In 2014, Florida Governor Rick Scott Scott won re-election largely based his “pro-life” record. In 2011, Scott signed two anti-abortion bills, and the “Infants Born Alive” bill (HB 1129) in 2013. Then, Scott turned right around and eliminated state-mandated standards for pediatric care – motivated by a hefty $200,000 campaign contribution from private, profit-driven multi-national health services corporation Tenet Healthcare, Inc.
The ugly story started coming out last summer, when CNN reported an unusually high number of deaths among pediatric patients at St. Mary’s Medical Center in West Palm Beach – a Tenet facility. Despite the new pediatric heart surgery program, too many children were suffering poor outcomes, and a significant number of them were dying. One of the cardiologists even recommended to a couple that they should transfer their child to another facility.
It turned out that since the pediatric open-heart surgery program was established in December 2011, the death rate among children and infants has been 12.5%. That’s nearly four times the national average. Yet parents were told nothing of this (in fact, many of America’s for-profit corporate hospitals keep a tight lid on this information). The problem was so serious that physicians at St. Mary’s started urging hospital management to cease all cardiac surgeries on infants as well as more complicated procedures on older children. The hospital management refused.
It has now been revealed that the Tenet Healthcare Corporation made a $200,000 contribution to the Florida GOP – and Rick Scott’s PAC. Shortly thereafter, the Florida Department of Health eliminated medical standards established in the 1970s. Those standards, regulating the number of physicians and procedures at pediatric hospitals, were intended to protect child patients and ensure they receive the best possible medical care. A recent court challenge to the removal of those standards was tossed out by Judge John Van Laningham in December. Making the tired old argument against “burdensome regulations,” Judge Van Laningham stated:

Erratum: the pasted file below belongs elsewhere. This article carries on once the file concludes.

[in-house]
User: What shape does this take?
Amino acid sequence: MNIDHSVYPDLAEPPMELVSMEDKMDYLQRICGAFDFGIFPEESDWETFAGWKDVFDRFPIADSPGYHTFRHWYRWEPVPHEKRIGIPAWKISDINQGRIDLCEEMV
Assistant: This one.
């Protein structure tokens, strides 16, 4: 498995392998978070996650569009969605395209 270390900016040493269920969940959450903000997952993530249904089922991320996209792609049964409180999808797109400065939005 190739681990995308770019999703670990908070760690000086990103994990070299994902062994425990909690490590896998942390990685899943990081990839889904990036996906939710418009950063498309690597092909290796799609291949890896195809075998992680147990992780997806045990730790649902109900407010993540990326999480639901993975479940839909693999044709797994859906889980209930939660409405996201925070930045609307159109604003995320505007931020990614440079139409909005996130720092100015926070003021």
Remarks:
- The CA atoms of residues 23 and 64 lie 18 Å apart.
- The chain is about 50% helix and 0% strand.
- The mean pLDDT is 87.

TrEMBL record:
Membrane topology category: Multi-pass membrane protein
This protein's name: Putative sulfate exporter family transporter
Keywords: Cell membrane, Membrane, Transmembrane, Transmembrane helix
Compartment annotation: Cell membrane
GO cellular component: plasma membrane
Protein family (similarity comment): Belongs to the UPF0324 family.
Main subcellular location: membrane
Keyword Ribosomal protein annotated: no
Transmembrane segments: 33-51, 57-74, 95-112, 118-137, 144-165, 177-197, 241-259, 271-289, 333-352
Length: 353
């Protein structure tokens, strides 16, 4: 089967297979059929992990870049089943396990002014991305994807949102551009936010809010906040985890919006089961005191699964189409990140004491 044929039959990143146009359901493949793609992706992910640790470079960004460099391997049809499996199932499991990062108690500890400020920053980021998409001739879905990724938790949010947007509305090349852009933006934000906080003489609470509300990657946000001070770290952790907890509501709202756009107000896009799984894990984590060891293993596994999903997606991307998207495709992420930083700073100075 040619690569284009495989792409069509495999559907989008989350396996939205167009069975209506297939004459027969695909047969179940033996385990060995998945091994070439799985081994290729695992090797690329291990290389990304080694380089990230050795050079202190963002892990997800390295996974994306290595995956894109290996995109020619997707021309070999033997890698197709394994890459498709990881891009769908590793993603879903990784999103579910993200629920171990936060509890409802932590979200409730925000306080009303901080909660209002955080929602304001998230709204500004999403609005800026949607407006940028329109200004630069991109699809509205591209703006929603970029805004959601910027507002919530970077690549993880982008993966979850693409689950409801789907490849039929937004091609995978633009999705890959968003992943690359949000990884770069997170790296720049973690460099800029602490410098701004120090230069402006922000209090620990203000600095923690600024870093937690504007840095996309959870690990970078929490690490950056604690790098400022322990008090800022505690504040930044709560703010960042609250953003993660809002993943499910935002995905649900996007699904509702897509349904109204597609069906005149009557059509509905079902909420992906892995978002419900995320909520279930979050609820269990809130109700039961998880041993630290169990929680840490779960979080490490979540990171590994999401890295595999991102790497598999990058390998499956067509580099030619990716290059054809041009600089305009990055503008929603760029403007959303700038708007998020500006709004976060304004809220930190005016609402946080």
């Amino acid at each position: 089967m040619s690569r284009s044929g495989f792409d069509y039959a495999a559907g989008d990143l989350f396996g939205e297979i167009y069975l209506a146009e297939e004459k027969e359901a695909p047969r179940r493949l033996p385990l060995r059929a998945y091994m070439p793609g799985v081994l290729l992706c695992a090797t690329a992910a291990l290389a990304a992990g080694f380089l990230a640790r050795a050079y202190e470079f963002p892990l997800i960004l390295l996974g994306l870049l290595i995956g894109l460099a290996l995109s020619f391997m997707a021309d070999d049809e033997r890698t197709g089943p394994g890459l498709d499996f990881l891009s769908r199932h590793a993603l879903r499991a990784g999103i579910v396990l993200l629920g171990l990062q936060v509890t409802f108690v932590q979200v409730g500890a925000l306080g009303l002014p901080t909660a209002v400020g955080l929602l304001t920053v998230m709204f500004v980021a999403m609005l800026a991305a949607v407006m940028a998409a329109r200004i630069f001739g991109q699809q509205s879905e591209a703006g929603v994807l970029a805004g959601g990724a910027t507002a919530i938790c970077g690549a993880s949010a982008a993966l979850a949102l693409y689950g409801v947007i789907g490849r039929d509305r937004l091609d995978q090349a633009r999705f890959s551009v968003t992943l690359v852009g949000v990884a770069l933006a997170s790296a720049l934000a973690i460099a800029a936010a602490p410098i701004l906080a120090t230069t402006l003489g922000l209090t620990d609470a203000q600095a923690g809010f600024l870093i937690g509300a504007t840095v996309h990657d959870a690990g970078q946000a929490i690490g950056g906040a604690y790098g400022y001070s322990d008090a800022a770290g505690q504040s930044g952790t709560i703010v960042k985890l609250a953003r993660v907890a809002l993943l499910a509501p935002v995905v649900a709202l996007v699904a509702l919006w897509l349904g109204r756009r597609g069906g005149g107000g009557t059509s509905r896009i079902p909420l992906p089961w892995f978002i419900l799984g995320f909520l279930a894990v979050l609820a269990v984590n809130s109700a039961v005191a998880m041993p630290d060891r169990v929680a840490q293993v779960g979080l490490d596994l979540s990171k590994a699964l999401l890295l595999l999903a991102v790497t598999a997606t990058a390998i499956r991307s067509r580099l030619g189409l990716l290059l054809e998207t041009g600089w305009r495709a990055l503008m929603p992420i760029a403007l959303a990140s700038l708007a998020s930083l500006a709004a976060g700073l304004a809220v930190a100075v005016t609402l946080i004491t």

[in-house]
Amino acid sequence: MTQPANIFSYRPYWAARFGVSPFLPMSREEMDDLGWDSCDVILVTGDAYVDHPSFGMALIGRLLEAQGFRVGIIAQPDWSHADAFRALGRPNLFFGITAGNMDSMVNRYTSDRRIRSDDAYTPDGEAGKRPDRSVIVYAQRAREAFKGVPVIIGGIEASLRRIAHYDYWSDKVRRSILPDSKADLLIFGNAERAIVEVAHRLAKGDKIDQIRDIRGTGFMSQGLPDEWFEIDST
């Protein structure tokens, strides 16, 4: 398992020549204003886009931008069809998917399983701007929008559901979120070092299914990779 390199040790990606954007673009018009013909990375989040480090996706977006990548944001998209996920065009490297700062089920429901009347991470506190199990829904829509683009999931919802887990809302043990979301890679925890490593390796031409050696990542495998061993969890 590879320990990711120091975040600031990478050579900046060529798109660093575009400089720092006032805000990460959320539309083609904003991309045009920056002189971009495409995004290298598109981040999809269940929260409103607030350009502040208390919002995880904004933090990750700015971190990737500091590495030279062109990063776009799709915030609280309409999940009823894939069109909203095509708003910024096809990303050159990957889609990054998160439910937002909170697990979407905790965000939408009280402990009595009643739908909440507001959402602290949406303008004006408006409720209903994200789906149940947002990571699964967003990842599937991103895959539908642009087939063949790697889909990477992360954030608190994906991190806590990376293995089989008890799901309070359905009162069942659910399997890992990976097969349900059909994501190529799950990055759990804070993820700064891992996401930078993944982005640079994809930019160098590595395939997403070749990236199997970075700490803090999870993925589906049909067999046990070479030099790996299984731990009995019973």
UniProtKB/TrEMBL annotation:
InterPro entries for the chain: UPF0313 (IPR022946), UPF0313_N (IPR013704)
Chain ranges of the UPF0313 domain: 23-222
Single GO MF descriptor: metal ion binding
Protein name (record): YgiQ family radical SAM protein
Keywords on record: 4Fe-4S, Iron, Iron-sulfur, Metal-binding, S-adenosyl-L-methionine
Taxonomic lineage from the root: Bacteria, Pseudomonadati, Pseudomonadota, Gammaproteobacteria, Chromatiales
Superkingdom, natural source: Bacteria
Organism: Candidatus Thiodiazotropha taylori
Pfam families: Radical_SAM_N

“Many people derive personal satisfaction from doing a job well, whether the job is painting a house or performing open-heart surgery, and they strive to deliver a quality product, not in obedience to the superintending guidance of the administrative state, but because they want to. The notion, therefore, that every facility…would suddenly stop providing quality pediatric cardiac services immediately upon the repeal of the standards rests on pure speculation — and is a little insulting to the health care professionals who personally deliver those services.”
Coincidence? Cardiologist David Nykanen of the Arnold Palmer Hospital for Children thinks not.
“The coincidence is just a little too much,” he says. “It’s a little hard to swallow.”
Naturally, Tenet denies all of it. A spokesperson claims that,
“At no time have we discussed the pediatric cardiac standards with the governor or his office, or with any elected official or anyone on their staff. Our opinion was not sought on the standards nor have we expressed a position on the possible repeal of the standards or the role of the Cardiac Technical Advisory Panel.”
Of course, the Tenet Healthcare Corporation’s facility was having problems long before those standards were repealed. As governor, responsibility rests squarely on Rick Scott’s shoulders, yet neither he nor his Administration took any action against Tenet Healthcare Corporation, or even bothered to investigate the unusual and unacceptable number of infant deaths.
But then, what else would you expect from a contemptible hypocrite who claims that “life is precious,” then turns around and refuses to fund the Medicare Expansion, effectively condemning millions of Floridians to bankruptcy, untreated illnesses, injuries, and even death?
To Governor Rick Scott, life begins at conception and ends at birth – which is typical of so-called “pro-life” right wingers. It’s an easy way to demonstrate ones “morality,” because after all, fetuses don’t need to be fed, housed, or clothed – and they don’t require medical care under regulatory standards that might cut into the profits of corporate health-care providers like Tenet.